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Volume 5 Number 2

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We are pleased to present the second issue of our fifth year, published on Monday, May 5, 2003. We hope you enjoy browsing through our extensive collection of fiction, creative nonfiction, and poetry! (See the Previous Issues list to discover the works in our collection, including the ability to search through the issues.)


The Fawn
by Christopher Woods

Now in the evening he walked to the window and looked out. Early in the day, he had buried his wife. Others, their friends, wanted to stay with him, but he had said he wanted to be alone. Now, he was. A strange and oppressive silence in the house surrounded him, almost making it hard to breathe.

Home Forever
by David Quinn

For Peter Stone to be in the pulpit at St. John's was like having a Muslim at Mass, but since his niece Shannon had asked him to "do a reading" during her wedding ceremony with Sean, he reluctantly said "Yes." Not everybody in Manayunk agreed with her decision, though. Thirty years previously his cousin David had asked him to be Best Man in his wedding and when the bride-to-be's Polish parents found out about it, they threatened to call off the whole thing. And Peter's own mother, Violet, right now, swore that she wasn't going to attend because "If everything is the way it should be in God's heaven, you'll be struck dead by a bolt of lightning."

The Daughters of Hiroshima
by John Eidswick

I found the old woman's body a few days before Hanako and I went to Hiroshima. I was taking out the trash. The morning sun was glaring through a gap between the freeway supports. I stepped out our front door, a plastic trash bag in my hand, and there she was, a stone's throw away.

Combo #9
by Steven Williams

I never minded standing in line at Joey K's Burger Barn, even when waiting behind half a dozen people, like today, because I knew that I would soon get a hunger-fighting, taste-delighting culinary masterpiece known as the #9 Combo. And, as always, Joey K's really knew how to treat a customer. No matter which way I faced in the chrome maze leading to the counter, I could see colorful posters depicting hamburgers of various sizes from the kid's size Silver Dollar Special to the 2pound Slab-O-Beef. There were square fish sandwiches and batter-fried fingers of beef and chicken, frosty beverages and frozen confections. There was also a television on each side of the counter. One was tuned, with closed captioning, to the soap opera channel where those who cared deeply could watch and read along as Luke and Laura agonized over their on-again off-again relationship that had lasted, off and on, for more than twenty years. The other was tuned to the news channel so that the noble workmen and women who frequented this fast-food bistro could catch the latest of world and local events before returning to the task of keeping this metropolis running smoothly. I held my place in line and watched the brunette anchorwoman as she spoke about the first-ever discovery of crop circles at a watermelon farm in rural Georgia. The artsy footage of Celtic interlace designs delicately created out of Charleston grays and black diamonds was worthy of being viewed at the Whitney Biennial. When it finally came to be my turn to step up to the counter, I had memorized the menu and knew exactly what I wanted for my luncheon.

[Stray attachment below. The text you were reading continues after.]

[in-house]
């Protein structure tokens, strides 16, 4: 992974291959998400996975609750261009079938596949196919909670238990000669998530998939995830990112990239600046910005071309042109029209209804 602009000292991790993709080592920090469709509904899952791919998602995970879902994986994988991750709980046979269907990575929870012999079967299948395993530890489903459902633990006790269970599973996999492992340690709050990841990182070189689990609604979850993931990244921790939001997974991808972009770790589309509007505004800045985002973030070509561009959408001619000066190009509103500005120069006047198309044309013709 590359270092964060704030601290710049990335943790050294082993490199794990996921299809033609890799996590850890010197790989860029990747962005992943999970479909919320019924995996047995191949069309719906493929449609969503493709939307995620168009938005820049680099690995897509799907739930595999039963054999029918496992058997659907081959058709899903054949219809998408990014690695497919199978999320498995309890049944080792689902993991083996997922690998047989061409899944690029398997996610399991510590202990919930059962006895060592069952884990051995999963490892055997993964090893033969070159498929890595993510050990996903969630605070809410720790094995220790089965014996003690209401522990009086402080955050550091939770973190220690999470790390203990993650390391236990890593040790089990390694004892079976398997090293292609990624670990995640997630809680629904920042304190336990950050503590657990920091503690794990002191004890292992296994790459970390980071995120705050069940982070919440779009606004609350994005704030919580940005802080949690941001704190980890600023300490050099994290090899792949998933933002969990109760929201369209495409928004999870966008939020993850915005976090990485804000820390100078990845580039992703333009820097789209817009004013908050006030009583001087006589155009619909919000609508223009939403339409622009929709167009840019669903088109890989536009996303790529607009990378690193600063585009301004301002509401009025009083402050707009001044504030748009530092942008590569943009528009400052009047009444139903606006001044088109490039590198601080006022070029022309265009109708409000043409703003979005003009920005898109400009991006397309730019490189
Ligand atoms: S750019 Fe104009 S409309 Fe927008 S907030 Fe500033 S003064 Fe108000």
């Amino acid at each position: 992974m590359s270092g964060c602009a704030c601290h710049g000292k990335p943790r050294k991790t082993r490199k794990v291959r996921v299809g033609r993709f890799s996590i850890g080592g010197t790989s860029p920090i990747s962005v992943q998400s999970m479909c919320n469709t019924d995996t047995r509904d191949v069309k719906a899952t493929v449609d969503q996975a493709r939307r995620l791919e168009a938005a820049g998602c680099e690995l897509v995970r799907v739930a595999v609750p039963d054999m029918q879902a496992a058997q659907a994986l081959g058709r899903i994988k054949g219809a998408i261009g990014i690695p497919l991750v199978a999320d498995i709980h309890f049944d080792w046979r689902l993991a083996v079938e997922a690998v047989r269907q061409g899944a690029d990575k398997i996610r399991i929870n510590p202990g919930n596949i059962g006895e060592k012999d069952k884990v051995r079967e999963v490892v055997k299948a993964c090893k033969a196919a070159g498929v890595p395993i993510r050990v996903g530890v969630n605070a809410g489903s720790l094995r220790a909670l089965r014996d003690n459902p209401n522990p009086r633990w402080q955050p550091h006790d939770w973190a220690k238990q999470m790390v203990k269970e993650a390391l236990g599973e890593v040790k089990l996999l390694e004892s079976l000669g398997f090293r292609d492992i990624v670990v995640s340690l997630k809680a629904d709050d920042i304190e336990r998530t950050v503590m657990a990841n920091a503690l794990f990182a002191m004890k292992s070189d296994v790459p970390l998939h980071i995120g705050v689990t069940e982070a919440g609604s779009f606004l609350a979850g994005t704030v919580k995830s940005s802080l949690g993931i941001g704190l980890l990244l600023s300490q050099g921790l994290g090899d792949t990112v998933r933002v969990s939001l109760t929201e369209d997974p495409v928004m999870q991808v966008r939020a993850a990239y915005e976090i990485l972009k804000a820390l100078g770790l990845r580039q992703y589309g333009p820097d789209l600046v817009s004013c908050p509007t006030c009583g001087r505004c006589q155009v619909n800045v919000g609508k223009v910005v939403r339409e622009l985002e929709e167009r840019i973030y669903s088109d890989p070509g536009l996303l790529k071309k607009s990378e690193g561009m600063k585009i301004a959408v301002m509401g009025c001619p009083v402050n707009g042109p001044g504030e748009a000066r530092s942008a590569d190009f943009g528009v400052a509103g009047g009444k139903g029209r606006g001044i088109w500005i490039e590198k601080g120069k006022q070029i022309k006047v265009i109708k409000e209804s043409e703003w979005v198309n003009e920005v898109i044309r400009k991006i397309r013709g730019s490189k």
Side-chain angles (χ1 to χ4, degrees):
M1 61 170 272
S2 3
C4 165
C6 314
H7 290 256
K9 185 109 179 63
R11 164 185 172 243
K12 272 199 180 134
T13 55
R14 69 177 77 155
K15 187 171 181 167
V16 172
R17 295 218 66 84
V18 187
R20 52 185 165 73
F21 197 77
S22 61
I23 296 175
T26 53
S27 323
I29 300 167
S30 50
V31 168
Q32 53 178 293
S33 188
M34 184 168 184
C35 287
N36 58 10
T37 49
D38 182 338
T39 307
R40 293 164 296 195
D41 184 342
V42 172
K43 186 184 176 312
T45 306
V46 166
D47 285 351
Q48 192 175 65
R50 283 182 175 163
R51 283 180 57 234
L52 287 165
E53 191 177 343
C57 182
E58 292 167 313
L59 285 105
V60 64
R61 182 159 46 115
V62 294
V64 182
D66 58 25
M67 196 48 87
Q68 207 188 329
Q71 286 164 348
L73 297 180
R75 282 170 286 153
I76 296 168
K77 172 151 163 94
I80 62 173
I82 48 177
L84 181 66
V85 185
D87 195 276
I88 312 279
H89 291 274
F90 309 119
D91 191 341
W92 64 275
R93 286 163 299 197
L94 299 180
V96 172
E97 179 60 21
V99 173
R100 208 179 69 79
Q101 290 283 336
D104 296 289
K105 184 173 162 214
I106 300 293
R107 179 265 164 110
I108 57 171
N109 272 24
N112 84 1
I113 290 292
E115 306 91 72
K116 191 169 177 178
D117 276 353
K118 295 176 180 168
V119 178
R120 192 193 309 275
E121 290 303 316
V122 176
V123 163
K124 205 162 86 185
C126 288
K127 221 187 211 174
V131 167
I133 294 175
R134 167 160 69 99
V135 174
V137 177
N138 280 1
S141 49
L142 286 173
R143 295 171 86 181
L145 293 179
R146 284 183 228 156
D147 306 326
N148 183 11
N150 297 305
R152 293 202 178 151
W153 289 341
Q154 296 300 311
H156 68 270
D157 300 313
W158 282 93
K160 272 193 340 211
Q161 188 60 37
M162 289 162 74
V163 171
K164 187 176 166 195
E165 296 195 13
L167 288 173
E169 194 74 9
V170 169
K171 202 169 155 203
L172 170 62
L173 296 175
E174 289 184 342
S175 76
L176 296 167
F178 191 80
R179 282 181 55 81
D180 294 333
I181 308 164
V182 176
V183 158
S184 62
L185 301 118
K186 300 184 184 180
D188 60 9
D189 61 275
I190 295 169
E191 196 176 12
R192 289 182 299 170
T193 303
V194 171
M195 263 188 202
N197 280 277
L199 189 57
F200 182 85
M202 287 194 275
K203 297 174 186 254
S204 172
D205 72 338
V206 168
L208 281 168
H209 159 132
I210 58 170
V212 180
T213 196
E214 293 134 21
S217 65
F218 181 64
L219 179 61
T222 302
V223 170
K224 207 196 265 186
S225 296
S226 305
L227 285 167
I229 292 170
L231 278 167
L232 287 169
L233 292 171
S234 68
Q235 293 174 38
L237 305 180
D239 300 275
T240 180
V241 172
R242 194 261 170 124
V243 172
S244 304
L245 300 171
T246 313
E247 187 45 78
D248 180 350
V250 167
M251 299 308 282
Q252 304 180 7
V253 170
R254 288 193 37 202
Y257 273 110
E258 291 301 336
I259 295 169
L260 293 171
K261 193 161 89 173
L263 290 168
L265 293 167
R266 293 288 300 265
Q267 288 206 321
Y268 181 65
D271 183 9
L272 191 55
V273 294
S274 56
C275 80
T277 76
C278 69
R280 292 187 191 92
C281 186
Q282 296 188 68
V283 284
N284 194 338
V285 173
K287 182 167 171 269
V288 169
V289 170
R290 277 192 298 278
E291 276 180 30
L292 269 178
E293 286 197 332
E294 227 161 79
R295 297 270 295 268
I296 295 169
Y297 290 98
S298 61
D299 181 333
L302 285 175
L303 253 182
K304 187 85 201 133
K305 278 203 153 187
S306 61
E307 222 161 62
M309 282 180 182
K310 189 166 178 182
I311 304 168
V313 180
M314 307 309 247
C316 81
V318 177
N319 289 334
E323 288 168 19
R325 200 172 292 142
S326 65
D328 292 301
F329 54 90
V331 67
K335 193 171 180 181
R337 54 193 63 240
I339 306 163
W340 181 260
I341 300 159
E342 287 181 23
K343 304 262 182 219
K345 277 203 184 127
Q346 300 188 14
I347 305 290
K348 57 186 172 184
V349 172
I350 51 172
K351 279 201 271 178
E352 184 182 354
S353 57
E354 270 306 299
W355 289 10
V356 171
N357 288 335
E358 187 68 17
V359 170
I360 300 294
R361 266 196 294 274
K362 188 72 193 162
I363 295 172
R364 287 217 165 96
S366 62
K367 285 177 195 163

Creative Nonfiction

Clowns of the Heart
by Sondra Upham

"What am I going to do," I asked Dode, my clown seatmate on the bus, as we headed toward Villa De Los Ninos, an orphanage in Mexico run by nuns for two thousand children.

Vindicating the Kaiser
by Lad Moore

At the neighborhood mission my grandparents founded, there was a rough old man in denim overalls who always arrived at the service early, but sat on the last pew and didn't mix much with the others. Sonny Cox told me that the old man was mean. He said that people around town named him "Kaiser," because that name had something to do with the enemy in the Great World War.


James Dickey in Texas from his words
by Walt McDonald

James Dickey grinned, big-boned
and pleased, but when he said the words,
they drawled together perfectly and long.
Poems said Southern are rocks
in a river bottom, his body swore
to boys cocked back in boots
and red-lipped girls in tight Levis.

The Man I Never Met
by Walt McDonald

Some sheriff, my father scoffed.
Mother kept silent and watched her father fade,
ten-foot oil of Grandfather mounted
on a stallion above the mantle.

The Year My Brother Went to War
by Walt McDonald

I remember Big Tex at the State Fair,
a cowboy statue forty feet tall,
barns with a thousand palomino stallions,

Turning Sixty-Five in Montana
by Walt McDonald

Rambling all over town and mountains,
they swagger in bow ties and boots,
in cahoots with real estate posses

A Flash of Thought in a Quiet Night
by Li Bai (701-762)
translated by Liu Yingkai and Steven Schroeder

Moon's bright light descends

A Moonlit Night
by Liu Fangping (fl. 742)
translated by Liu Yingkai and Steven Schroeder

Half the house is knee-deep in moon beams.

Visiting Tia
by Rebecca Balcárcel
Where I come from, groups of furniture are "suites,"
every outfit has its own set of shoes,
but at the house of my tia,
we wipe our hands on mismatched dish-towels,
flatten balls of harina into tortillas.

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